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Brian Thomas Manning (1932–2013)

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Brian Thomas Manning (1932-2013) labourer and Communist Party official

Birth: 13 October 1932 at Mundubbera, Queensland, son  of William Henry Manning (1910-1984), horse-breaker and labourer, born at Basingstoke, Hampshire, England and Lily Louisa, née Sherrington, late Watson (1908-1962), born at Gayndah, Queensland. Marriages: (1) June 1962 in a registry office in Sydney, New South Wales to Maisie Alice Murphy (c.1918-2006), born at Armagh, Ulster, Ireland. The marriage ended in divorce in 1964. (2) 1970 at Milagros Jalimao, Philippines. They had two sons and one daughter. He had two ex-nuptial daughters. Death: 3 November 2013 at Darwin, Northern Territory, Religion: raised as an Anglican. 

  • Early childhood spent in Mundubbera, Queensland. Moved to Taringa, Brisbane, to be near his father stationed with the Army in 1940. Educated at Mundubbera and Taringa primary schools and Brisbane State High School.
  • Worked in Brisbane in a variety of occupations including junior clerk at Caltex Oil, spare parts shop assistant, plasterer’s labourer and builders’ labourer.
  • Moved to Northern Territory, in 1956. The private sector building industry was not unionised so he began employment with the Department of Works in early 1957 and then with the Department of Civil Aviation.
  • Was union representative for Transport Workers Union, North Australian Workers Union (NAWU), and Civil Aviation Employees Association. Lived in camp at Mindil Beach.
  • Joined Communist Party of Australia (CPA) in 1959. Introduced to Marxism and CPA by Sam Brent. CPA not particularly active at this time. He was part of a revival resulting in membership rising to about forty.
  • Moved to house in McMinn Street, Darwin, which became known as the Kremlin. A campaign organised against attempts to deport three Malay pearl divers regarded as significant in radicalising and politicising CPA members and reviving Left in Darwin.
  • Manning was a long-term secretary of the CPA and Territory delegate to CPA Congresses. Met with Shirley Andrews and discussed issues related to Aboriginal rights in Northern Territory in 1961. Andrews organised for Manning to meet Barry Christophers from Victorian Council for Aboriginal Rights and Federal Council for Aboriginal Advancement (FCAA).
  • Manning and Terry Robertson (ex-CPA) initiated formation of Northern Territory Council for Aboriginal Rights (NTCAR) in 1961 which affiliated with the FCAA. The NTCAR became an effective lobby group.
  • Manning was manager of the Workers’ Club in 1963-64. Then he worked at a pilot farm growing rice at Adelaide River.
  • Returned to Darwin mid-1966 and later in 1966 joined Waterside Workers Section, NAWU. Was vigilance officer in 1967-1973 and 1977-1981.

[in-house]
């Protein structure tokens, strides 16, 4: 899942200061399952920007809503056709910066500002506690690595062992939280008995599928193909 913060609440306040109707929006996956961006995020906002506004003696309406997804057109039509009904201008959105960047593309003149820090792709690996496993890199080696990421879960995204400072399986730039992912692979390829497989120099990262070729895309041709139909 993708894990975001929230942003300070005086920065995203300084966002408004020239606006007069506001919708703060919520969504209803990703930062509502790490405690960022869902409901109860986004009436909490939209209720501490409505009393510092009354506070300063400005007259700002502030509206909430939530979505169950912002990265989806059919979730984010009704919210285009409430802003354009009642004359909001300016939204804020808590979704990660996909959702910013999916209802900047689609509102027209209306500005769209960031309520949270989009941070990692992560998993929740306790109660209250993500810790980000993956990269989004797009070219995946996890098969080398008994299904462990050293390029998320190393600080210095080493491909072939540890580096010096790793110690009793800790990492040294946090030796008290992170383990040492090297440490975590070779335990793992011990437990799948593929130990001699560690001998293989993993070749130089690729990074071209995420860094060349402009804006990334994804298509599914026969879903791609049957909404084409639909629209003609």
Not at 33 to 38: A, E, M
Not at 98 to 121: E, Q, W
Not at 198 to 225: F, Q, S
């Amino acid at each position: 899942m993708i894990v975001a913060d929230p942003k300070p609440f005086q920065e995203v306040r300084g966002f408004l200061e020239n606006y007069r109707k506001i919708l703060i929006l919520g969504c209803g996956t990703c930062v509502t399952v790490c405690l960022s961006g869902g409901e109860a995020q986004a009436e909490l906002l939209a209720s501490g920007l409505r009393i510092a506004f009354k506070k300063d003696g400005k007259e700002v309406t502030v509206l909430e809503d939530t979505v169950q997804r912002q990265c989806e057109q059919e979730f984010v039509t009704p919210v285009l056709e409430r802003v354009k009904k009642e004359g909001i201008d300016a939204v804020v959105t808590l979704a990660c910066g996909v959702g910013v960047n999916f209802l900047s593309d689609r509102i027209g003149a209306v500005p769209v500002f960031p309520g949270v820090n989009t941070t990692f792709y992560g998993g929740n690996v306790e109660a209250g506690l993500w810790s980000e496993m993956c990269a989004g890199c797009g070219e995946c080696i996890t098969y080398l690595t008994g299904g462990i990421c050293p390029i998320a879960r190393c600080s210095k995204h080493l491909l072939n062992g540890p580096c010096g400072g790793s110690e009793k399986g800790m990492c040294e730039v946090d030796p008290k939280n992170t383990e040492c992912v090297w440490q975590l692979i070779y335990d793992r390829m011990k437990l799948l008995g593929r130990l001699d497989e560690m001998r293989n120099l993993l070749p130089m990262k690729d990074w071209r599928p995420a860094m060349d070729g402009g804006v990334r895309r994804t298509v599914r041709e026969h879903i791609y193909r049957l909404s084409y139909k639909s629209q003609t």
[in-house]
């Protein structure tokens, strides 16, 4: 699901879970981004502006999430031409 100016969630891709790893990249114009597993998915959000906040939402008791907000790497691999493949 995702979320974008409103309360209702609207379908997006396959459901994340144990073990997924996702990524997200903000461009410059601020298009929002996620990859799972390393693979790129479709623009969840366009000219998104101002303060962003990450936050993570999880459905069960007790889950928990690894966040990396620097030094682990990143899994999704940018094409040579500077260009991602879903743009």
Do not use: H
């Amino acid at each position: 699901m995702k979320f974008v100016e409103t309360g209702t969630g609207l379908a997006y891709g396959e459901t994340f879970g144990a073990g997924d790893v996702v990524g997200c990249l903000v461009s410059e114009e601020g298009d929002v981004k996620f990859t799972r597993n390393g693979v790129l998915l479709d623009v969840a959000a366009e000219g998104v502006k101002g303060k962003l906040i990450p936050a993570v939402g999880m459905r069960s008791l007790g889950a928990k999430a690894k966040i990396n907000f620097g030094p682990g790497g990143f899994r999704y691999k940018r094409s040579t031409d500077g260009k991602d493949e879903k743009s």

• Active in lobbying for equal wages for Indigenous Australians in the pastoral industry and in organising support for the Wave Hill Gurindji walkout in his capacity as NAWU executive member and member of the CPA and NTCAR.
  • Went to Dili as union delegate to celebrate Fretlin Foundation Day at the invitation of Fretlin in 1975. Subsequently coordinated two separate radio communication links firstly from Darwin between Fretlin and External Missions in Lisbon and Mozambique. Second radio link organised to facilitate access for politicians and journalists and family members to Fretlin.
  • Delivered the 6th Vincent Lingiari Memorial Lecture in 2003.
  • Was Darwin Citizen of the Year in 2010.

Sources
Interviews with Julie T Wells, 20 October, 4 November and 16 November 1992; George Gibbs Memorial Collection, Mitchell Library; Frank Stevens: The Politics of Prejudice, (Sydney, 1980); Frank Hardy: The Unlucky Australians, (Melbourne, 1968).

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Citation details

'Manning, Brian Thomas (1932–2013)', People Australia, National Centre of Biography, Australian National University, https://peopleaustralia.anu.edu.au/biography/manning-brian-thomas-34456/text43258, accessed 21 June 2024.

© Copyright People Australia, 2012

Life Summary [details]

Birth

13 October, 1932
Mundubbera, Queensland, Australia

Death

3 November, 2013 (aged 81)
Darwin, Northern Territory, Australia

Cause of Death

unknown

Cultural Heritage

Includes subject's nationality; their parents' nationality; the countries in which they spent a significant part of their childhood, and their self-identity.

Religious Influence

Includes the religion in which subjects were raised, have chosen themselves, attendance at religious schools and/or religious funeral rites; Atheism and Agnosticism have been included.

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